• by db32 ( 862117 ) on Tuesday March 13, 2007 @01:54PM (#18335663) Journal
    Please read about the concepts of routing and switching. MAC is not like a fingerprint in any way shape or form. Your analogy doesn't even begin to make sense based on how MACs are used. Aside from not being unique and being easily manipulated any trace of a MAC address only exists in the local subnet before it hits the first router and vanishes minutes after the last packet was sent.
  • by TheLinuxSRC ( 683475 ) * <slashdot.pagewash@com> on Tuesday March 13, 2007 @01:55PM (#18335685) Homepage
    My company hosts an anonymous proxy (see my sig). While there is a fair amount of pr0n and the like, there is a *lot* of traffic from China and other countries with restrictive laws about what you can and cannot research. This only amounts to about 15-30% of our traffic though. Most of our traffic is to sites like myspace, facebook, photobucket etc.

    There are actually many good reasons for using an anonymous proxy.

    1). You want to search for information regarding an embarrassing physical condition and don't want those URLs logged at your router.
    2). You are worried about the site you are visiting trying to infect your machine. Most anonymous proxies will block most scripts (in addition to advertisements).
    3). You are researching your competitions website and don't want to show up in their logs.
    4). In the U.S. you have a right to privacy and you simply want to exercise that right.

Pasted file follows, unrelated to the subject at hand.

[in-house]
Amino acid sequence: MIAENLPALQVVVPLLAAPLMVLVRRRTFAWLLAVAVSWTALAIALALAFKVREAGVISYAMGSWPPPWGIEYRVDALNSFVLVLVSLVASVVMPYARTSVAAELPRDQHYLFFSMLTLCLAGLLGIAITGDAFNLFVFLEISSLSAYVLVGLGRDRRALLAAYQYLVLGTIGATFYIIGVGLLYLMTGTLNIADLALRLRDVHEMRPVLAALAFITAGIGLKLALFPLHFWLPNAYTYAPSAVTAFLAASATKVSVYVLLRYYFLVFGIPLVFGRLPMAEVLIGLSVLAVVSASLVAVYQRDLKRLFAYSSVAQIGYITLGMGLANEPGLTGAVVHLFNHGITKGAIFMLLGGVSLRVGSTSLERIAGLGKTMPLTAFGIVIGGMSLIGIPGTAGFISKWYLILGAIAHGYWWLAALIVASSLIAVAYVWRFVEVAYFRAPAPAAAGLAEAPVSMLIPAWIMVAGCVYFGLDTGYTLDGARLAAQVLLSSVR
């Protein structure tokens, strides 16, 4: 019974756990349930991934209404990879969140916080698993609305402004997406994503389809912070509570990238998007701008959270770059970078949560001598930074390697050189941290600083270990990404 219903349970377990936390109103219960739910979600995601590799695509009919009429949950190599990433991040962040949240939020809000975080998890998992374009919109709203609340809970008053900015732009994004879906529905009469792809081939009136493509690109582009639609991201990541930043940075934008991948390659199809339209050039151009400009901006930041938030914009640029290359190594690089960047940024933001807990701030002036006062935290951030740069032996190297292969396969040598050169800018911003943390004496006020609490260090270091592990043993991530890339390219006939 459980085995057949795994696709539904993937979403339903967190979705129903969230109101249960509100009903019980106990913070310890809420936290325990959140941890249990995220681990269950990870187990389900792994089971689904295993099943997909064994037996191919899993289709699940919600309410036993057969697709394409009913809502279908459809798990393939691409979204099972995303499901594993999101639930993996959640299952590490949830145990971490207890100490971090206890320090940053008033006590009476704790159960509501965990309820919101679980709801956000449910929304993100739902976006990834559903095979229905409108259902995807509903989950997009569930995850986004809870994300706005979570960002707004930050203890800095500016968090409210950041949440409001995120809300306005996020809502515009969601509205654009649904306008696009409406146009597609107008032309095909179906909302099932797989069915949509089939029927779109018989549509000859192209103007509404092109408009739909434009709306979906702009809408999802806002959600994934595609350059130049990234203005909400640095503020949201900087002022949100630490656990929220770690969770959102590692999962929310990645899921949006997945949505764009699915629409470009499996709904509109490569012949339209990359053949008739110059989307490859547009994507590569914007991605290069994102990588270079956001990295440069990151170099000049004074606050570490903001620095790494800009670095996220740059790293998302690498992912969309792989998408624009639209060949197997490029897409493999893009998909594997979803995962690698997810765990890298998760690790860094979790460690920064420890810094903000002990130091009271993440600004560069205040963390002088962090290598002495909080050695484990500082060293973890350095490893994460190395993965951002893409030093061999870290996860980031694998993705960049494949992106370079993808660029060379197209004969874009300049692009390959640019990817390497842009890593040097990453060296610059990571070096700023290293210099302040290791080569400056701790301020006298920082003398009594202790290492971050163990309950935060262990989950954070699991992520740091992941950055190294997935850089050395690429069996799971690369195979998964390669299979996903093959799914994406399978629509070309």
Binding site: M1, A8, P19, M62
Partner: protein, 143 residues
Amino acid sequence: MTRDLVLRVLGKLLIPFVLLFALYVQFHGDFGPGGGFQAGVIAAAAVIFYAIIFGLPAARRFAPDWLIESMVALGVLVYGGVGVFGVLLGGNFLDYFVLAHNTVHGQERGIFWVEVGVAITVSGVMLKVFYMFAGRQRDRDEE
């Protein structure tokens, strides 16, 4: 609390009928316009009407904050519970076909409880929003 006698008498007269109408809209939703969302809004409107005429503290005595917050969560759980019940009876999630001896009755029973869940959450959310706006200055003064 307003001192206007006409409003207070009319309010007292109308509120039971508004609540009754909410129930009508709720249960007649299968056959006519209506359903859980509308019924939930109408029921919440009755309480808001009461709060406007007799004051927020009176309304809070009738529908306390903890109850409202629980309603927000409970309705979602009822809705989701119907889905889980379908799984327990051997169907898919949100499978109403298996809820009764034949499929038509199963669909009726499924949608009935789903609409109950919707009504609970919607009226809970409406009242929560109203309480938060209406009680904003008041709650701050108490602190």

5). You work in government and want to visit sites that might otherwise be logged or blocked. []

    There are many other legitimate uses for anonymous proxies.

    As a disclaimer, my company does not keep any logs -- the logs are rotated nightly at which point a cron runs and deletes all of the previous days logs. Our URLs are obfuscated but not encrypted. A sysadmin on the clients end could log all of these connections at their router and be able to decipher the URLs someone is visiting.

    We also offer an SSL encrypted (https://) version of the site. You do have to trust our certificate though :) Logs are rotated nightly and dumped, same as on the "insecure" version of the site.
  • by isorox ( 205688 ) on Tuesday March 13, 2007 @01:59PM (#18335769) Homepage Journal
    foo@bar:~$ ls -l /usr/local/bin/

    -rwxr-xr-x 1 foo users 354 Feb 31 12:34 /usr/local/bin/
    foo@bar:~$ cat /usr/local/bin/

    HEX1=`printf '%02x' $(($RANDOM%256))`:`printf '%02x' $(($RANDOM%256))`:`printf '%02x' $(($RANDOM%256))`
    HEX2=`printf '%02x' $(($RANDOM%256))`:`printf '%02x' $(($RANDOM%256))`:`printf '%02x' $(($RANDOM%256))`
    echo "Setting $IF to $MAC"
    sudo ifconfig $IF down
    sudo ifconfig $IF hw ether $MAC
    sudo ifconfig $IF up
    foo@bar:~$ crontab -l

    12 * * * * /usr/local/bin/
  • by db32 ( 862117 ) on Tuesday March 13, 2007 @02:27PM (#18336215) Journal